How Not to Suck at Poker: Count Your Outs

Counting your outs just to stay alive is never a good feeling.

Part 3 in our 10-part beginner series on how not to suck at poker, this article will show you how to count the exact number of outs you can hit to win a hand.

If you ever want to get a handle on Texas Hold'em poker odds, it's imperative you learn how to count all your outs.

An out is any card that can come which will give you the best hand. Obviously, before you can begin to count outs, you have to know the poker hand rankings forward and backwards, so start there if you don't know them.

After you know the poker hand rankings, you need to be able to read the board. Are there possible straights or flushes? Is the board paired?

All of these things may affect your outs. Here's a simple outs cheat sheet covering the most common situations you'll be in after the flop (definitions for the terms are below the list):

Hand Outs
Open-ended straight draw 8
Gut-shot straight draw 4
Flush draw 9
Open-ender & flush draw 15
Three of a kind to make a full house 6 on the flop, 9 on the turn (add one out for quads)
Pocket pair to hit a set after the flop 2

  • Open-ended straight draw - You have four cards in a row.
    • Hand:8 9 | Board:6 7 2
  • Gut-shot straight draw - You need one card in the middle of four.
    • Hand:8 9 | Board:6 10 2
  • Flush draw - You have four cards of the same suit.
    • Hand:8 9 | Board:6 K 2
  • Open-ender & flush draw - You have both and open-ended straight draw and a flush draw.
    • Hand:8 9 | Board:6 7 2
  • Three of a kind to make a full house - You have three cards of the same rank.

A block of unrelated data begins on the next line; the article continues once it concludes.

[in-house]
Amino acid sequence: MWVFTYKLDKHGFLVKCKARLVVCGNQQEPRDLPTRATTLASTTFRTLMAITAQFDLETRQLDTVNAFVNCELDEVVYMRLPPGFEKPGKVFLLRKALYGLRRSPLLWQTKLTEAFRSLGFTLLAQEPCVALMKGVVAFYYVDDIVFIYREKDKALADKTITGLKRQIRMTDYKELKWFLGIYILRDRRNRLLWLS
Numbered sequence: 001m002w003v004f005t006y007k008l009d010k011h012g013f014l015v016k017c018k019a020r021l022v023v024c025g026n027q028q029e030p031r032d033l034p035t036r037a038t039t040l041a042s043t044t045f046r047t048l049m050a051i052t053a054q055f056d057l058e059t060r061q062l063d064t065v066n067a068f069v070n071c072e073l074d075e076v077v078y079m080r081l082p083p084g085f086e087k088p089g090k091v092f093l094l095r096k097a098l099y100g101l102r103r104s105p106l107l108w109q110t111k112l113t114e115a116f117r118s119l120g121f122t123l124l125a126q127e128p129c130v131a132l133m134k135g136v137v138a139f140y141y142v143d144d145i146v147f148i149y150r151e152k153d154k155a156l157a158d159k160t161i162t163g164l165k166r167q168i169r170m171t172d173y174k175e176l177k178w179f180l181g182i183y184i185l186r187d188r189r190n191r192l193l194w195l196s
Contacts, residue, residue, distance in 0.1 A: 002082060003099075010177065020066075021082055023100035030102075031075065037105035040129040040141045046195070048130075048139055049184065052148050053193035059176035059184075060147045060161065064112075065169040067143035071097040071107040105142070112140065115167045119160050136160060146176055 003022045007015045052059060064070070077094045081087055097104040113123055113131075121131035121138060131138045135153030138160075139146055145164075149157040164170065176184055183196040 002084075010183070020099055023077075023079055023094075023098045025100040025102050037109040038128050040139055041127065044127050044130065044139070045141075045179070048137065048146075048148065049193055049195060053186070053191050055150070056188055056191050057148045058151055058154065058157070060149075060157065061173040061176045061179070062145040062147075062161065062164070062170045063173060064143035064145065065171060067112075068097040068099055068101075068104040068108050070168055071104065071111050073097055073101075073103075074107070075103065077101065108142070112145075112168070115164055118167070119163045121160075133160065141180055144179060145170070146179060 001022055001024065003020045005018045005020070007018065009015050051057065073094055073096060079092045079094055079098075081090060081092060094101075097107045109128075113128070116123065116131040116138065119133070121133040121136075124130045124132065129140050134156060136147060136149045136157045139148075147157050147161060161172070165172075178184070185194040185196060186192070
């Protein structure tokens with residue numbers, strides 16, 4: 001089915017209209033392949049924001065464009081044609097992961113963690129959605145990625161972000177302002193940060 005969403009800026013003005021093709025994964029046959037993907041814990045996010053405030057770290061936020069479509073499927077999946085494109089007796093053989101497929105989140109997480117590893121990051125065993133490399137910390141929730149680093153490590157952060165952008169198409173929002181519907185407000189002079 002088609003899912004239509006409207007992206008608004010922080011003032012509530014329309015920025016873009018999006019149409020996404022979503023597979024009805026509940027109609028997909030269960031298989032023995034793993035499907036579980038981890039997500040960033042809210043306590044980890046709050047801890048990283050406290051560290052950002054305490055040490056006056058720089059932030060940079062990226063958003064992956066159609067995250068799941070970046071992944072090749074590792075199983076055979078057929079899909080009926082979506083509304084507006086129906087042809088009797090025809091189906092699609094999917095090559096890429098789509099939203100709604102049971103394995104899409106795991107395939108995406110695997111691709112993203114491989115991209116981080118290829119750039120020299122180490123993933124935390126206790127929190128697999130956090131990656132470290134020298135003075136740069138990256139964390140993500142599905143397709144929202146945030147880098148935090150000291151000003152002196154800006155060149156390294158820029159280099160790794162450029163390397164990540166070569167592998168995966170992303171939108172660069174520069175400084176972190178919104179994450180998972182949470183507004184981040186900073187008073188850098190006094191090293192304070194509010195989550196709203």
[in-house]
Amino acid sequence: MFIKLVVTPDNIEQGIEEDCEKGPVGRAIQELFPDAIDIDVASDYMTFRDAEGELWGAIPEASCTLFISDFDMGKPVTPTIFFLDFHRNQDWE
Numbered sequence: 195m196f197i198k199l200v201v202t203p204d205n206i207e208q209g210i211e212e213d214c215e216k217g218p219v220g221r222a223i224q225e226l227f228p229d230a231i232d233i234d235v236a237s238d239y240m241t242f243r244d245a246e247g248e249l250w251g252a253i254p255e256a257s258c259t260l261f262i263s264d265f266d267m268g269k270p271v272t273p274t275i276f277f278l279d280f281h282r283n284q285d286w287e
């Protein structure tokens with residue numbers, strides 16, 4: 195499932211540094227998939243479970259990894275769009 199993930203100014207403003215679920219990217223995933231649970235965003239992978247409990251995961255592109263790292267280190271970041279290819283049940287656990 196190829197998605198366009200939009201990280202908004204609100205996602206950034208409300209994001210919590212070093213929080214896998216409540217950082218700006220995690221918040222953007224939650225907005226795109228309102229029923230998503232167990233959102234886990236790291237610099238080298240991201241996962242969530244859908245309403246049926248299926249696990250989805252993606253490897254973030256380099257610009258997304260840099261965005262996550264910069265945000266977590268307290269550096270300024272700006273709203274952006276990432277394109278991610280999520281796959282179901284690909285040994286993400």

• Hand:8 8 | Board:8 7 2
  • Pocket pair to hit a set after the flop - You have a pair in your hand.
    • Hand:8 8 | Board:6 7 2

The more time you spend practicing counting your outs, the simpler it will become.

Any card that will bring you the best hand is considered an out. Be careful not to count outs that will potentially give your opponent a better hand.

For example, if you have an open-ended straight draw, but there's two to a suit on the flop, you only have six outs, since two of your outs will bring a flush to anyone holding the flush draw.

Once you no longer have any difficulty counting your outs, you're ready to move on to the next step.

More on How Not to Suck at Poker:

  1. How Not to Suck at Poker: Play Fewer Hands
  2. How Not to Suck at Poker: Play in Position
  3. How Not to Suck at Poker: Count Your Outs
  4. How Not to Suck at Poker: Learn Basic Odds
  5. How Not to Suck at Poker: Pay Attention
  6. How Not to Suck at Poker: Have a Bankroll
  7. How Not to Suck at Poker: Stop Bluffing
  8. How Not to Suck at Poker: Keep Your Mouth Shut
  9. How Not to Suck at Poker: Keep Records
  10. How Not to Suck at Poker: Discuss the Game

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20 April 2008 1404